APRIL 27, 2015
Dorothy Mae Sennett Covington, who in the 1940’s and 1950’s found herself at the center of the fight for the civil liberties of Jehovah’s Witnesses, died on March 14, 2015, at the age of 92 in Cincinnati, Ohio.
In the Middle of the Battle for Constitutional Rights
During the 1940’s, Dorothy volunteered as a legal assistant for attorney Victor Schmidt, who was one of Jehovah’s Witnesses and who was working to defend their civil rights. It was a time when Jehovah’s Witnesses faced intense persecution in the United States because of the rise of nationalism that accompanied the escalation of World War II. The neutral stand of the Witnesses regarding nationalistic ceremonies and their conscientious objection to military service ran counter to the spirit of the times. The book The Lustre of Our Country observed that the “persecution of Witnesses from 1941 to 1943 was the greatest outbreak of religious intolerance in twentieth-century America.”
The Witnesses faced attacks from mobs and were arrested throughout the United States, including the Cincinnati, Ohio, area and nearby Indiana. Victor Schmidt would travel throughout the region to defend Jehovah’s Witnesses who had been illegally arrested. Meanwhile, Dorothy was not only supporting the legal work at Victor Schmidt’s office but also courageously facing the threat of mob violence herself while participating in the public ministry.
Significant to Dorothy were the events that led to mob violence at Connersville, Indiana. Just 17 days after the Supreme Court’s adverse decision in the 1940 flag salute case of Minersville School District v. Gobitis, the sheriff in Connersville had six Witnesses arrested and charged with flag desecration for refusing to salute an American flag lapel pin. It was here in Connersville that Victor Schmidt and Hayden Covington, the general legal counsel for Jehovah’s Witnesses from 1939-1963, defended two of the Witnesses who were later also falsely charged with conspiracy.
After making his closing argument, Mr. Covington left immediately to catch a plane for a trial in Maine, but Victor Schmidt and his wife stayed for the verdict. Afterward, they were violently attacked by a growing mob. Victor, his wife, and others suffered blow after blow but eventually escaped the mob.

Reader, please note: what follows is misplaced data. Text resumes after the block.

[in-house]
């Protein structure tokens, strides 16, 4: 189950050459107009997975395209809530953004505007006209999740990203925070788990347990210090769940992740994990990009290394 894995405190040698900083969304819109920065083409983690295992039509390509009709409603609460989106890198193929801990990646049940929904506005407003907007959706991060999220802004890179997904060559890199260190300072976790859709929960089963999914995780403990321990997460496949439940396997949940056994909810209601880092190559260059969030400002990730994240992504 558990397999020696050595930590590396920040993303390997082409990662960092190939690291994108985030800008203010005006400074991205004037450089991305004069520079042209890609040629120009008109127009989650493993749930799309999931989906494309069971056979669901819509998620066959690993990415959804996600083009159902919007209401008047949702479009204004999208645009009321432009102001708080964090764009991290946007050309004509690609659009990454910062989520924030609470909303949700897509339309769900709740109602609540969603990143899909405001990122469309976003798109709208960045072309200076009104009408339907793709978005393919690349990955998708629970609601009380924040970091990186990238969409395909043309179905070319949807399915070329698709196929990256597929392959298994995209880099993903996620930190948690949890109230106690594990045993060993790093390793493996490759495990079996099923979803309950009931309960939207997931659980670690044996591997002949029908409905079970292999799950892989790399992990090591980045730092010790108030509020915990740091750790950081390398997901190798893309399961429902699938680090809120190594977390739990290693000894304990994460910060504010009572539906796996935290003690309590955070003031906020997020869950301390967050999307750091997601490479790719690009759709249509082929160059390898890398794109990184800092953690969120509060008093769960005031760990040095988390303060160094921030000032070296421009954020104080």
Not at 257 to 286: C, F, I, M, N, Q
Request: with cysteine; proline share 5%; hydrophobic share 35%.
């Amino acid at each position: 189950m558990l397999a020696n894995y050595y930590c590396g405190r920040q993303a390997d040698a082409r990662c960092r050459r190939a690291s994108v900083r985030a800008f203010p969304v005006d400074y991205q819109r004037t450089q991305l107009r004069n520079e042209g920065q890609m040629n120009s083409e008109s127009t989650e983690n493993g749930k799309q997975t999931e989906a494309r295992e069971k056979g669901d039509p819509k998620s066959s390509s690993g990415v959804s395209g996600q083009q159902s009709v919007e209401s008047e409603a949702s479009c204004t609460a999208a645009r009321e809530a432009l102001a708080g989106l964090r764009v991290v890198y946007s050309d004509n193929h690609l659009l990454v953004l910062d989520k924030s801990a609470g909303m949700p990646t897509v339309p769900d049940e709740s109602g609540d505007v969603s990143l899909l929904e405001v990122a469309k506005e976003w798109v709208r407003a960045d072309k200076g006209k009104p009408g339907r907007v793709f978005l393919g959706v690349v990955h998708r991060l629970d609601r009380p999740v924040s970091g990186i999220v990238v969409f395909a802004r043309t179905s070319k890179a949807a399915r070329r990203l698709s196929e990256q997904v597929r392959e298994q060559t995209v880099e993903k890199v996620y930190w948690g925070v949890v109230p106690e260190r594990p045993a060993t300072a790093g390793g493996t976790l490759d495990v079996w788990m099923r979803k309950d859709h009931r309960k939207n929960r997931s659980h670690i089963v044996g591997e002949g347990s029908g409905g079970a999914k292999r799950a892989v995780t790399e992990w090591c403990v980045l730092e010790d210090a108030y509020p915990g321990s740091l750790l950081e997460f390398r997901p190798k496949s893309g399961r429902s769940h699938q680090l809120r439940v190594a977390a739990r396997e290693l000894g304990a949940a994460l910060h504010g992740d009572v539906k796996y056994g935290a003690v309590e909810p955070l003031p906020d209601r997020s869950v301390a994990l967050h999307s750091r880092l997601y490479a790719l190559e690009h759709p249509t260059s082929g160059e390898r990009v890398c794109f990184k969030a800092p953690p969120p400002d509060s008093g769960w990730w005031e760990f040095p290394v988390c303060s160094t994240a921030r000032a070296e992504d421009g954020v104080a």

In an interview just three weeks before her death, Dorothy commented that ten months after the verdict, 75 Witnesses were jailed in Connersville for the same false charge of conspiracy. Dorothy said: “A lot of us Witnesses were arrested, and it was that time, the time of Connersville, that was the height of the persecution against us.”
Hayden Covington, Victor Schmidt, and others continued to defend the civil liberties of Jehovah’s Witnesses. Covington and Schmidt succeeded in having the guilty verdicts in Connersville overturned, and Covington assisted Schmidt on other cases in the region. As Dorothy supported that collaboration as a legal assistant, she and Hayden became friends. They married in 1949.
At the Witnesses’ World Headquarters
Dorothy moved to New York to support Hayden with his heavy workload at the world headquarters of Jehovah’s Witnesses in Brooklyn, New York, and continued to devote time to her public ministry while Hayden fought many legal battles. Widely recognized as one of the best constitutional lawyers of his time, Covington worked tirelessly on hundreds of cases involving the civil liberties of Jehovah’s Witnesses. He argued over 40 times before the Supreme Court and over 100 times in the federal circuit courts of appeals.
Dorothy accompanied Hayden to the Supreme Court when he argued cases on behalf of Jehovah’s Witnesses across the United States. She said: “Hayden supported the freedoms that we sometimes take for granted. I think it is wonderful that he spent his life helping those who needed it—not just in the United States but in many other places.”
Family and Ministry
In 1959, Dorothy and Hayden had a daughter named Lynn, and three years later, a son, Lane. Eventually, the family left New York and returned to Ohio in 1972. As the children grew, Dorothy spent her time teaching them from the Bible and centered her life on the ministry.
The family lost Hayden on November 21, 1978. Dorothy went back to her trade as a typesetter, working for various newspapers, including The Cincinnati Enquirer. Her work on a Linotype machine was strenuous, even considered “man’s work” because it included loading the machine with the lead bars used to cast the slug for a line of text. Upon her retirement in 1988, Dorothy again took up full-time volunteer work to teach people about the Bible. She was known for her undiminished zeal, her thorough Bible knowledge, and her ability to answer questions by turning directly to an appropriate Bible verse.
Dorothy was predeceased by her son, Lane, and is survived by her daughter, Lynn Elfers; her son-in-law, Gary Elfers; two grandchildren; and her younger sister, Ruth Sennett Naids.